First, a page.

In Amanda's profile, she doesn't just gloss over the hard truths about her fall from grace, she doesn't mention them at all. She doesn't recount the racism or the jab at domestic violence survivors; it's almost as if she believes if she doesn't bring it up, maybe we'll forget it ever happened. But it did, and Bynes wasn't forced to reckon with her behavior like Lena Dunham. She wasn't challenged in the slightest. Throughout the interview, she sidesteps her transgressions by merely apologizing, but a non-apology is one in which an apology is given while the reason for it is conveniently left out.
Weed and Adderall don't make you spout vile, racist statements toward multiple people, time and time again.
She feigns ignorance (or maybe she is ignorant?) when she claims weed and Adderall changed her personality, asserting ingesting certain drugs and smoking weed "was like an alien had literally invaded my body," an alien that... made her racist? As with Roseanne Barr and her Ambien tendencies, we should all know this isn't just a proper excuse. Weed and Adderall don't make you spout vile, racist statements toward multiple people, time and time again. As someone who has grappled with prescription drugs (amphetamine and benzodiazepine alike), I can assure you popping pills does not make you racist. Yet, this is her odd justification for her behavior. And yeah, a bit shame-y to cannabis enthusiasts—and even pill poppers.
Today, Bynes doesn't say her psychiatric diagnoses is a lie, but she does insist they were made by armchair psychiatrists grasping at straws. Bynes may be fine now, as she claims to have been sober for four years (no small feat), but I refuse to believe it's because she quit smoking weed alone. In April, the Bynes family lawyer (she remains under conservatorship) addresses her mental illness when speaking to the press about the fake social media account (@persianla27) that's been terrorizing her for years (though it's been heavily rumored it is, in fact, Amanda behind the screen). The profile actually places mental illness in a weird, stigmatized vortex, along with the drug use. If we can't discuss it, we can't break a stigma.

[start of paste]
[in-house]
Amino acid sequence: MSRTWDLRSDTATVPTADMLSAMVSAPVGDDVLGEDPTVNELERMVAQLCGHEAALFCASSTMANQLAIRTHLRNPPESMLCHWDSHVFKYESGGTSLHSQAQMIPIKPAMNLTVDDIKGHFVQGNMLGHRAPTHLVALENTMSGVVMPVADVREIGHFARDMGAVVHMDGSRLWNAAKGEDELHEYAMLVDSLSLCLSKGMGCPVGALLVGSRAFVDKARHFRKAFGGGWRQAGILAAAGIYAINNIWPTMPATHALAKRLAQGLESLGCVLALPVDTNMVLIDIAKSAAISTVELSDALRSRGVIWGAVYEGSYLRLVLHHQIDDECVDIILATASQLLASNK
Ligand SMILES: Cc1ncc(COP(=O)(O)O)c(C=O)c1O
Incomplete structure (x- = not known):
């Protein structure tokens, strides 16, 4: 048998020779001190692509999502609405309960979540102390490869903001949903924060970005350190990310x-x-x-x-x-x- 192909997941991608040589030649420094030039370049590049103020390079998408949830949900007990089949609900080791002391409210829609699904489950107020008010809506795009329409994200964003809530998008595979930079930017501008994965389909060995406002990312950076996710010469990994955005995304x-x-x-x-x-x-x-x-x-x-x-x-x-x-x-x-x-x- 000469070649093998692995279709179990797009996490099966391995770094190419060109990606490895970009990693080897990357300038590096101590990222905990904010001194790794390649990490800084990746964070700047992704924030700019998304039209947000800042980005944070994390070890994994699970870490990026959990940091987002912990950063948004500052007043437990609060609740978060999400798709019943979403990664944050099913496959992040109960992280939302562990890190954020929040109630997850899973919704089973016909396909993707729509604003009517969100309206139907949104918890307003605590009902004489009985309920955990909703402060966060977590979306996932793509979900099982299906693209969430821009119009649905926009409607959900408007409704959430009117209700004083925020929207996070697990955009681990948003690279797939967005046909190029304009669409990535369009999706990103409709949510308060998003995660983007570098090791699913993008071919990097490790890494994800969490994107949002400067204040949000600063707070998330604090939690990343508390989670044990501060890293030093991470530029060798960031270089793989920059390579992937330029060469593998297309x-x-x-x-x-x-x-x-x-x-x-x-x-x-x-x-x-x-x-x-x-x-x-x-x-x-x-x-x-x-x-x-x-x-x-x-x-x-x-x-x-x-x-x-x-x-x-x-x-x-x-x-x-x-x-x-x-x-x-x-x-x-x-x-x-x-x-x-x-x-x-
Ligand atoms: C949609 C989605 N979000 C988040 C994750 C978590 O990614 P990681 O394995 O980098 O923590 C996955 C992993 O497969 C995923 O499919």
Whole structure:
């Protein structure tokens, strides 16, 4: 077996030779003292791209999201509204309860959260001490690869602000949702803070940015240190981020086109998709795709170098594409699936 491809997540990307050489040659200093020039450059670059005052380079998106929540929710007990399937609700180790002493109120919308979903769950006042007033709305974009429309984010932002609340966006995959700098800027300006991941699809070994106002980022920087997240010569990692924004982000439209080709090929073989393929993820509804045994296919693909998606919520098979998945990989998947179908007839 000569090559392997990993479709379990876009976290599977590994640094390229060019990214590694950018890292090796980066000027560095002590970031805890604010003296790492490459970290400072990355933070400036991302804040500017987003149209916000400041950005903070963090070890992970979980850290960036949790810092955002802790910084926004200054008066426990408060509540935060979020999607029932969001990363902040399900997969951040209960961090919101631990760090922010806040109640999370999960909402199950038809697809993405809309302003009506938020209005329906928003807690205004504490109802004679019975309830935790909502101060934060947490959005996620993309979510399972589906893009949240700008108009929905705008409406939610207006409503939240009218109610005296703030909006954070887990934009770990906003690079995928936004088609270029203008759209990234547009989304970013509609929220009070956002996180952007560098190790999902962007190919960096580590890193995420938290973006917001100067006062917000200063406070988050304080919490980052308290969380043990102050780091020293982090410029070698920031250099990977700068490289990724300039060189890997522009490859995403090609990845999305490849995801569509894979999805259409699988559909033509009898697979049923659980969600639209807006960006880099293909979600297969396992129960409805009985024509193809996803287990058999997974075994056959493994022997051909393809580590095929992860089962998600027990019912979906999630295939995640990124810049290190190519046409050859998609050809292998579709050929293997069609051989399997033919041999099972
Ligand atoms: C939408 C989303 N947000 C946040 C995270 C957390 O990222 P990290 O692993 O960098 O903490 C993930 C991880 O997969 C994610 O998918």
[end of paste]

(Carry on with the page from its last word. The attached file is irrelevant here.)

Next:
This facet of the profile feels shame-y to me too, rather than helpful. Still, journalist Abby Schreiber did pat the celebrity on the back for the absolute bare minimum required of a human being, acclaiming her for her polite behavior on set. She complimented a crew member's red pants and purportedly appearing delighted at the sight of a toddler! This is all really fundamental stuff you learn in Kindergarten about how to get along with other human people but, again, this is an unusual profile. It's most reveled-in paragraph is commending Bynes in a bizarrely flattering tone for allegedly thrusting Channing Tatum into the spotlight.
I can only hope the unrelenting social media authorities keep the same apologetic energy when Azealia Banks reemerges in four years pleading for a comeback. Or is Bynes getting a pass because she's white, privileged, and we feel that she's a part of our childhood, and thus, our identity?
Do we need Bynes back? Have we really missed her? Or do we just remember her in her prime as we remember ourselves in ours? The Mere-Exposure Effect is an authentic psychological phenomenon in which something becomes collectively designated as "good" simply because we're all familiar with it. It's why I personally love “Clarity” by Zedd so much. And because Bynes is a figurehead of millennial adolescence, perhaps it’s why we love her too. We remember her gutsiness in She's The Man when she teaches Channing Tatum how to treat a nosebleed with tampons. But, more than this, we remember who we were. We want her to be who she was, but she's 32-years-old now. And while I'm a big believer in change, I'm not sure I will ever be ready to see Bynes playing a detective or a nurse or a sitcom wife on a cable series.
I learned nothing from this profile. Bynes—who was likely was media trained—comes off as expressionless in photos and in text. She says all the right things to explain away her past tribulations. I wish Bynes had opened up and owned her many blunders, but it's obvious she's not there yet.